Investigators returned to the Shipshewana Livestock Auction to determine if any improvements had been made since our last visit. AA has monitored this sale as well as the horse auction held at this location since 2009.
During previous investigations, Animals’ Angels investigators documented auction employees using helpless goats as targets for what appeared to be martial arts practice, kicking and striking the bodies and heads of the animals countless times. The video footage that was subsequently released garnered nationwide attention and resulted in the termination of the employee in question as well as a public apology by auction management. However, no cruelty charges were filed by the local police department who seemed uneager and unmotivated to pursue a case.
On May 26th, AA investigators arrived at the auction at 10:00 a.m. Although not yet summer, it was a sweltering day, with temperatures reaching 90 degrees. Behind the barn all of the Amish/Mennonite auction attendees had parked their buggies and the horses were baking in the blazing sun without access to water. Most of them were standing on the hot concrete, with their heads tied to the railing in front of them.
Inside the auction building, there was already a great deal of activity. Our investigators were quick to assess that conditions appeared to be the same since our last visit. There was no water available for any of the animals, no fans running above the pen area, and there were several extremely crowded pens holding beef cattle.
However, investigators also noted that the auction workers appeared to have been trained to better observe the people around them, especially those who might be watching from the catwalk as they were constantly looking up and around when moving animals. Investigators witnessed a significant difference in the handling of animals when workers apparently believed themselves unobserved as compared to when they obviously felt someone “suspicious” was watching their movements.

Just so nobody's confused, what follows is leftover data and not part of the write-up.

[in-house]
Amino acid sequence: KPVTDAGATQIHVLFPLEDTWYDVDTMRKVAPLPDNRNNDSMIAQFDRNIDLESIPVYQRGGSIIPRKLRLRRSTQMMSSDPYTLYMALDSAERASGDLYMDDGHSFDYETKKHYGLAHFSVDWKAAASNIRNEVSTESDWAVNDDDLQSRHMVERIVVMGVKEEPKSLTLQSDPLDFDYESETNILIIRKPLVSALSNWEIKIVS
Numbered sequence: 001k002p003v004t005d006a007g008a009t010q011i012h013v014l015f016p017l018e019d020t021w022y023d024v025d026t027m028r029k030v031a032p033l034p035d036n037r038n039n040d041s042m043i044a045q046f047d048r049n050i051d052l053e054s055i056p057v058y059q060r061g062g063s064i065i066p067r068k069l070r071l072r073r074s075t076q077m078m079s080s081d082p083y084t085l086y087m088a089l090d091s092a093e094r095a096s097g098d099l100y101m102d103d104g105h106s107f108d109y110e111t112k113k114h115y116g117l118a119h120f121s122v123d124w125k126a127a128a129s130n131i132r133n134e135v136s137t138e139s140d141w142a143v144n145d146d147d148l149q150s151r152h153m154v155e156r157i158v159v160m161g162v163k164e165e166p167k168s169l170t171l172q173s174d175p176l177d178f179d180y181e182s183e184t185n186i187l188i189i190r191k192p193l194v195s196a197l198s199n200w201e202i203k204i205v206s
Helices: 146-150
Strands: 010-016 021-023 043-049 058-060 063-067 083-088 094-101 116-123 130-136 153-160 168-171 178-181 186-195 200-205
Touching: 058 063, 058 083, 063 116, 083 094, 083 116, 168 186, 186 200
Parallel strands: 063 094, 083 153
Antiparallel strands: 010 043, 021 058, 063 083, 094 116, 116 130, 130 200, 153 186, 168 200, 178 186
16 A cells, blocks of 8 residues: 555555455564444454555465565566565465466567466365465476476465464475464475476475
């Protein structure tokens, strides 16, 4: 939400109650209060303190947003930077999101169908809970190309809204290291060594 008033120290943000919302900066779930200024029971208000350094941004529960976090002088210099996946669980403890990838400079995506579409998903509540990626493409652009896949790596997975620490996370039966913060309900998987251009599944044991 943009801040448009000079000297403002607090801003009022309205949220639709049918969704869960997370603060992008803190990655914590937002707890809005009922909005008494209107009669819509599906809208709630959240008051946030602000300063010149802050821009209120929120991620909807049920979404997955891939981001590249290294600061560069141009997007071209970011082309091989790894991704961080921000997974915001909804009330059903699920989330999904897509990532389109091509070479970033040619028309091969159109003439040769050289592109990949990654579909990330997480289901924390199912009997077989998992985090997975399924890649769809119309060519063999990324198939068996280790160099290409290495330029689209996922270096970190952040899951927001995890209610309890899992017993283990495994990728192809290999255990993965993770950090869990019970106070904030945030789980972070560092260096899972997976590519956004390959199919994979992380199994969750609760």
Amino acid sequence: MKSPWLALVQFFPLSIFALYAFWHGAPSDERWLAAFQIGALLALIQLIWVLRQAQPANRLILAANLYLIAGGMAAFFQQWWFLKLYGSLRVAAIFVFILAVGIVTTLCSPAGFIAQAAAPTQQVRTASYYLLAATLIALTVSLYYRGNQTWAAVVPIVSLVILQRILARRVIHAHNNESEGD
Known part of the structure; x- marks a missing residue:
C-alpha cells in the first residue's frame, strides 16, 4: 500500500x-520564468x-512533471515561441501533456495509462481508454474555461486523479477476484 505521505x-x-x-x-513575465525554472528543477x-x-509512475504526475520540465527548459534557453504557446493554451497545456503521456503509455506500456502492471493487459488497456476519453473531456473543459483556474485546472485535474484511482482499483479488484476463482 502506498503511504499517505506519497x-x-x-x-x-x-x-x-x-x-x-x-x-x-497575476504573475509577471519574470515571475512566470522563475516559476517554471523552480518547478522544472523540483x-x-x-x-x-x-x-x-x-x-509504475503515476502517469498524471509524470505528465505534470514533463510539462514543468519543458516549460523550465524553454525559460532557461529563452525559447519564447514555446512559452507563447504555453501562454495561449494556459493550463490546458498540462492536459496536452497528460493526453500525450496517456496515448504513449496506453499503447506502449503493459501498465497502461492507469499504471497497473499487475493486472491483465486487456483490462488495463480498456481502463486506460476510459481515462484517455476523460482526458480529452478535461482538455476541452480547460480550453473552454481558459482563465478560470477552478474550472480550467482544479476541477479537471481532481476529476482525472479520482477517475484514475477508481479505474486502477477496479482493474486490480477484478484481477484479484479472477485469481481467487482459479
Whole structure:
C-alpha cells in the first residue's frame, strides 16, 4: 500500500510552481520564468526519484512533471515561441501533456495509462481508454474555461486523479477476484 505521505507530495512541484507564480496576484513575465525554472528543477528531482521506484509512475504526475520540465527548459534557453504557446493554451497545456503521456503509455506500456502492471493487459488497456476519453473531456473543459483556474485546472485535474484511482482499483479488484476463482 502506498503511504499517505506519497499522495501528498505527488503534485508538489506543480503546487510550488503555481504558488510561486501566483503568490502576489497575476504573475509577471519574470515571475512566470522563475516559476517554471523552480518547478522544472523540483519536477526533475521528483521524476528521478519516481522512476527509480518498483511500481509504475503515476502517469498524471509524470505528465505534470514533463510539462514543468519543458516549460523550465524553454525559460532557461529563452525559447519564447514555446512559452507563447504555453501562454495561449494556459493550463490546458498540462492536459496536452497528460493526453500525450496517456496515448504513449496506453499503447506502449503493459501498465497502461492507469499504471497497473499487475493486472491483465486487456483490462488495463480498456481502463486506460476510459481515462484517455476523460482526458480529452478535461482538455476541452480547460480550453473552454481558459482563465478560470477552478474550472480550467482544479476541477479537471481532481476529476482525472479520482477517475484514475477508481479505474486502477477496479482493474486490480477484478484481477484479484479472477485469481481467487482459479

As in previous investigations, what stood out most to our investigators was the extremely poor condition of the “spent” dairy cows that had been brought to the auction to be sold to slaughter buyers. These animals were limping, emaciated skeletons with every bone visible.
Several had extremely full udders, showing that they had not been milked for some time before being brought to the auction. Numerous cows had their tails docked, a completely inhumane procedure requiring the amputation of up to two-thirds of the tail, typically performed without anesthetic. While this cruel practice is still permitted in most of the United States, it causes serious welfare problems including overall distress, severe pain, and increased fly attacks. Some of the cows had red dollar signs painted on their hips, in an apparent attempt to ridicule and mock their situation.
Most of the cows were standing quietly, obviously trying to avoid any type of movement. To make matters worse, slaughter cows are sold last, as is customary at many auctions, prolonging the time the cows are forced to suffer without even being allowed access to water. Once they were ready to be sold, several of the cows could barely make it through the auction ring due to their debilitating condition.
AA will notify the appropriate authorities of the conditions and behavior noted at this auction. In addition, we will continue to monitor this sale and strongly urge auction management to provide water to all of the animals as well as change the schedule so that slaughter cows are sold first thing in the morning so as to ease their suffering. We will also once again approach management with regards to the actions of their employees and adamantly encourage proper training in the handling of animals during the sale.